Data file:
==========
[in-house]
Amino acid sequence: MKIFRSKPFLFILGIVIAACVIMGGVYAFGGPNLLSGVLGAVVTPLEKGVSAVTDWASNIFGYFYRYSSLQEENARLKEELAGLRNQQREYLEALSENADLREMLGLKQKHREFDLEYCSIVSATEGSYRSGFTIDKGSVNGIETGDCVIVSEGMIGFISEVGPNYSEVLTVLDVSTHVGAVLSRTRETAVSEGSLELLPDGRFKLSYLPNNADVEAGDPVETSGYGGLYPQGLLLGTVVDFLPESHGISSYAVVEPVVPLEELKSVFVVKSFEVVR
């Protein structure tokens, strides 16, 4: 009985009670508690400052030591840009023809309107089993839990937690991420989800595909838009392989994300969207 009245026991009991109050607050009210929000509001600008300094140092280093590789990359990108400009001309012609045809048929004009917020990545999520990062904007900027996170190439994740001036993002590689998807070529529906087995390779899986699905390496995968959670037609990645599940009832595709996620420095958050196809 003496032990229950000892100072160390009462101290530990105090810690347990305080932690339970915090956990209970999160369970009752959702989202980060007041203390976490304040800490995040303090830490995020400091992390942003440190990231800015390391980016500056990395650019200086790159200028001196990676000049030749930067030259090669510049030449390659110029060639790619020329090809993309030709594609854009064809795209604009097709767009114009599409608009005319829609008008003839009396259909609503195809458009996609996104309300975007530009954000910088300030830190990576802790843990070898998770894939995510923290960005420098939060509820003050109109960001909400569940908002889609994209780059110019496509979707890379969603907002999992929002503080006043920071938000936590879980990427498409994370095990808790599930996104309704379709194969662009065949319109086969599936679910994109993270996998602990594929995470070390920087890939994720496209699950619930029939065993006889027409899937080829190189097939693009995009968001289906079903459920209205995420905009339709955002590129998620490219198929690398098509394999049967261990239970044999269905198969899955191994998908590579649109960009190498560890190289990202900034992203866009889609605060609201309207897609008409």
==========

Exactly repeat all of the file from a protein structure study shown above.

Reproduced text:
[in-house]
Amino acid sequence: MKIFRSKPFLFILGIVIAACVIMGGVYAFGGPNLLSGVLGAVVTPLEKGVSAVTDWASNIFGYFYRYSSLQEENARLKEELAGLRNQQREYLEALSENADLREMLGLKQKHREFDLEYCSIVSATEGSYRSGFTIDKGSVNGIETGDCVIVSEGMIGFISEVGPNYSEVLTVLDVSTHVGAVLSRTRETAVSEGSLELLPDGRFKLSYLPNNADVEAGDPVETSGYGGLYPQGLLLGTVVDFLPESHGISSYAVVEPVVPLEELKSVFVVKSFEVVR
């Protein structure tokens, strides 16, 4: 009985009670508690400052030591840009023809309107089993839990937690991420989800595909838009392989994300969207 009245026991009991109050607050009210929000509001600008300094140092280093590789990359990108400009001309012609045809048929004009917020990545999520990062904007900027996170190439994740001036993002590689998807070529529906087995390779899986699905390496995968959670037609990645599940009832595709996620420095958050196809 003496032990229950000892100072160390009462101290530990105090810690347990305080932690339970915090956990209970999160369970009752959702989202980060007041203390976490304040800490995040303090830490995020400091992390942003440190990231800015390391980016500056990395650019200086790159200028001196990676000049030749930067030259090669510049030449390659110029060639790619020329090809993309030709594609854009064809795209604009097709767009114009599409608009005319829609008008003839009396259909609503195809458009996609996104309300975007530009954000910088300030830190990576802790843990070898998770894939995510923290960005420098939060509820003050109109960001909400569940908002889609994209780059110019496509979707890379969603907002999992929002503080006043920071938000936590879980990427498409994370095990808790599930996104309704379709194969662009065949319109086969599936679910994109993270996998602990594929995470070390920087890939994720496209699950619930029939065993006889027409899937080829190189097939693009995009968001289906079903459920209205995420905009339709955002590129998620490219198929690398098509394999049967261990239970044999269905198969899955191994998908590579649109960009190498560890190289990202900034992203866009889609605060609201309207897609008409």